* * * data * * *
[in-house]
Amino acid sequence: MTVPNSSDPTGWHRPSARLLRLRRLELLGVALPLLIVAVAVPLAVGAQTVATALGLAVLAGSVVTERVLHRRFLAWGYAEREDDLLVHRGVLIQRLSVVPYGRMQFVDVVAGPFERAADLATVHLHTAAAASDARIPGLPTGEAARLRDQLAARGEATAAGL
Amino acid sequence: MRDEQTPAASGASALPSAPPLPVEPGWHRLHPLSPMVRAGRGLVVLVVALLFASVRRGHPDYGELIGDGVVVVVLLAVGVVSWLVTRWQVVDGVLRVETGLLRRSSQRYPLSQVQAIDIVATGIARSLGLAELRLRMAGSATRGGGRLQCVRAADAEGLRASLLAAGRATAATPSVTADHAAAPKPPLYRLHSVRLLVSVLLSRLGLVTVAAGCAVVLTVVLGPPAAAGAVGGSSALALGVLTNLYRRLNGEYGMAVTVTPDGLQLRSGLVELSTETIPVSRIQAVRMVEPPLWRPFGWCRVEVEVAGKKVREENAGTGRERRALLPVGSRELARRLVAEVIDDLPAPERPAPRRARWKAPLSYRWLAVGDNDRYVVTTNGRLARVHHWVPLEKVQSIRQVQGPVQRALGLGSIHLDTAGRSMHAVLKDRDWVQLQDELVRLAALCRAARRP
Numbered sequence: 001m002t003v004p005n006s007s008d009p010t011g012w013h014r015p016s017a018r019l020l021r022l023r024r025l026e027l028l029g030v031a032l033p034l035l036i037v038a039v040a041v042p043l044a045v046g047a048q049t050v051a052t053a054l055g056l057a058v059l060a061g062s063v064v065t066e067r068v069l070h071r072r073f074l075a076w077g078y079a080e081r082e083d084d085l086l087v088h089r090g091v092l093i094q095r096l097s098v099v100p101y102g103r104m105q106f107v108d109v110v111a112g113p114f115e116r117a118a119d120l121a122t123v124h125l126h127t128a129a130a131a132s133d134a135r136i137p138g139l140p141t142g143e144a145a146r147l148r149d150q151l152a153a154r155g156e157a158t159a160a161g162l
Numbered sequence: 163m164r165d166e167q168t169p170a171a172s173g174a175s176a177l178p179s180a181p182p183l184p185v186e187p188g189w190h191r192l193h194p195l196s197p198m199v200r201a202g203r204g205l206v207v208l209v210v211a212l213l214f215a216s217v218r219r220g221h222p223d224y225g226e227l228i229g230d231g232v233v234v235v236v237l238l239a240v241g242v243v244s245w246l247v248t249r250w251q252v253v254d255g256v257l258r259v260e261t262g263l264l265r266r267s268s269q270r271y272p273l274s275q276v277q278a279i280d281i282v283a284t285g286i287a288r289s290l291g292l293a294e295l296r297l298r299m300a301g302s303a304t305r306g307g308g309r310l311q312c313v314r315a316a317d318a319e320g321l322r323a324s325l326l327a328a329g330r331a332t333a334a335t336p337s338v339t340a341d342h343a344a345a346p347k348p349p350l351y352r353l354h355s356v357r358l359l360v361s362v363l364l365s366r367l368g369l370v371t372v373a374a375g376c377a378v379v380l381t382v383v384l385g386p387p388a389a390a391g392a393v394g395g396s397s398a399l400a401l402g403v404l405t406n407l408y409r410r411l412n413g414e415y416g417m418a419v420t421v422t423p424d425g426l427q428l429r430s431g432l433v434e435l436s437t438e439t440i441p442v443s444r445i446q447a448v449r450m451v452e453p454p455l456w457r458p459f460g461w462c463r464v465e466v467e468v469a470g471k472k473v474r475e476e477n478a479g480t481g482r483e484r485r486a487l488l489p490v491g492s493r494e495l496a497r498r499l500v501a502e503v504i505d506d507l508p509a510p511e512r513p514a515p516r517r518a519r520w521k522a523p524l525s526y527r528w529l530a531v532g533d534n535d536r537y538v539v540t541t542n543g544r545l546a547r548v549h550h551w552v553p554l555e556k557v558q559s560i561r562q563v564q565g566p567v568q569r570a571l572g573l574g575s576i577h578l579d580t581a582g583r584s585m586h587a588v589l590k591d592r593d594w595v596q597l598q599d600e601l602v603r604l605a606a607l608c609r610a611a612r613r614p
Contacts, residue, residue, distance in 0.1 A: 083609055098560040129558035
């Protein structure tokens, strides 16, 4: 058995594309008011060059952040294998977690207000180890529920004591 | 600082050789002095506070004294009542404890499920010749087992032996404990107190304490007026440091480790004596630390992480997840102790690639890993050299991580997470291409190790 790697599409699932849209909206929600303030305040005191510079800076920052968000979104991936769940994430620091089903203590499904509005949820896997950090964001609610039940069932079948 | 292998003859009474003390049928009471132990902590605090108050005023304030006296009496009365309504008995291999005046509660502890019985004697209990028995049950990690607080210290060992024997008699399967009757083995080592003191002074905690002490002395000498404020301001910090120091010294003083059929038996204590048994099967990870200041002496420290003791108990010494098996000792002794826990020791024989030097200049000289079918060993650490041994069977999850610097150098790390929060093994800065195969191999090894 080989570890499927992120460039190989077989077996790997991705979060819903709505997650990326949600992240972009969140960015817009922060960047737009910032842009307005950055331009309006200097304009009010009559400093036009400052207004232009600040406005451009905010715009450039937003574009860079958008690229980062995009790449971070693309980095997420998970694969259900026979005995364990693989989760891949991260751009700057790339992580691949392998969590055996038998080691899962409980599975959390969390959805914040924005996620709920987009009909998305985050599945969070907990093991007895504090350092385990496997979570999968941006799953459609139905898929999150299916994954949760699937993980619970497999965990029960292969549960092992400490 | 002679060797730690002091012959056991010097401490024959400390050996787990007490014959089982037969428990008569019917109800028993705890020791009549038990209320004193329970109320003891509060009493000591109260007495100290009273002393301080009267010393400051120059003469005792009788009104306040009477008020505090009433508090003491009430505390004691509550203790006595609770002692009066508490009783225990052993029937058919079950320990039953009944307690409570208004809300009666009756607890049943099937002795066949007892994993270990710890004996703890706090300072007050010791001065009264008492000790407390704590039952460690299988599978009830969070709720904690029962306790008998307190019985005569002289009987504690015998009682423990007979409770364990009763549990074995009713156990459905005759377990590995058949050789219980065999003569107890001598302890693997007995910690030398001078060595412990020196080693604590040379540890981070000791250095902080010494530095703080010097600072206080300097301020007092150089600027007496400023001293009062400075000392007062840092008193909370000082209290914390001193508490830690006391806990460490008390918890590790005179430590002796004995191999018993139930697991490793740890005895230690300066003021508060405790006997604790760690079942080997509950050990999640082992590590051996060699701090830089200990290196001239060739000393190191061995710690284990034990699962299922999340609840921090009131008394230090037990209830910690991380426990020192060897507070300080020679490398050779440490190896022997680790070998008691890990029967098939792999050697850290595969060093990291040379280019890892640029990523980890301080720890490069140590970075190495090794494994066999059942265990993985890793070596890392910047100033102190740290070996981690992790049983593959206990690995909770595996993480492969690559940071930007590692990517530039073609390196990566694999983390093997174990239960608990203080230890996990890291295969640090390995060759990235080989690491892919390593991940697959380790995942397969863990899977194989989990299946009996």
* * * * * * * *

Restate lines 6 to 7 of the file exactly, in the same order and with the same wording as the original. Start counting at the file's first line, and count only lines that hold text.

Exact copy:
Contacts, residue, residue, distance in 0.1 A: 083609055098560040129558035
């Protein structure tokens, strides 16, 4: 058995594309008011060059952040294998977690207000180890529920004591 | 600082050789002095506070004294009542404890499920010749087992032996404990107190304490007026440091480790004596630390992480997840102790690639890993050299991580997470291409190790 790697599409699932849209909206929600303030305040005191510079800076920052968000979104991936769940994430620091089903203590499904509005949820896997950090964001609610039940069932079948 | 292998003859009474003390049928009471132990902590605090108050005023304030006296009496009365309504008995291999005046509660502890019985004697209990028995049950990690607080210290060992024997008699399967009757083995080592003191002074905690002490002395000498404020301001910090120091010294003083059929038996204590048994099967990870200041002496420290003791108990010494098996000792002794826990020791024989030097200049000289079918060993650490041994069977999850610097150098790390929060093994800065195969191999090894 080989570890499927992120460039190989077989077996790997991705979060819903709505997650990326949600992240972009969140960015817009922060960047737009910032842009307005950055331009309006200097304009009010009559400093036009400052207004232009600040406005451009905010715009450039937003574009860079958008690229980062995009790449971070693309980095997420998970694969259900026979005995364990693989989760891949991260751009700057790339992580691949392998969590055996038998080691899962409980599975959390969390959805914040924005996620709920987009009909998305985050599945969070907990093991007895504090350092385990496997979570999968941006799953459609139905898929999150299916994954949760699937993980619970497999965990029960292969549960092992400490 | 002679060797730690002091012959056991010097401490024959400390050996787990007490014959089982037969428990008569019917109800028993705890020791009549038990209320004193329970109320003891509060009493000591109260007495100290009273002393301080009267010393400051120059003469005792009788009104306040009477008020505090009433508090003491009430505390004691509550203790006595609770002692009066508490009783225990052993029937058919079950320990039953009944307690409570208004809300009666009756607890049943099937002795066949007892994993270990710890004996703890706090300072007050010791001065009264008492000790407390704590039952460690299988599978009830969070709720904690029962306790008998307190019985005569002289009987504690015998009682423990007979409770364990009763549990074995009713156990459905005759377990590995058949050789219980065999003569107890001598302890693997007995910690030398001078060595412990020196080693604590040379540890981070000791250095902080010494530095703080010097600072206080300097301020007092150089600027007496400023001293009062400075000392007062840092008193909370000082209290914390001193508490830690006391806990460490008390918890590790005179430590002796004995191999018993139930697991490793740890005895230690300066003021508060405790006997604790760690079942080997509950050990999640082992590590051996060699701090830089200990290196001239060739000393190191061995710690284990034990699962299922999340609840921090009131008394230090037990209830910690991380426990020192060897507070300080020679490398050779440490190896022997680790070998008691890990029967098939792999050697850290595969060093990291040379280019890892640029990523980890301080720890490069140590970075190495090794494994066999059942265990993985890793070596890392910047100033102190740290070996981690992790049983593959206990690995909770595996993480492969690559940071930007590692990517530039073609390196990566694999983390093997174990239960608990203080230890996990890291295969640090390995060759990235080989690491892919390593991940697959380790995942397969863990899977194989989990299946009996």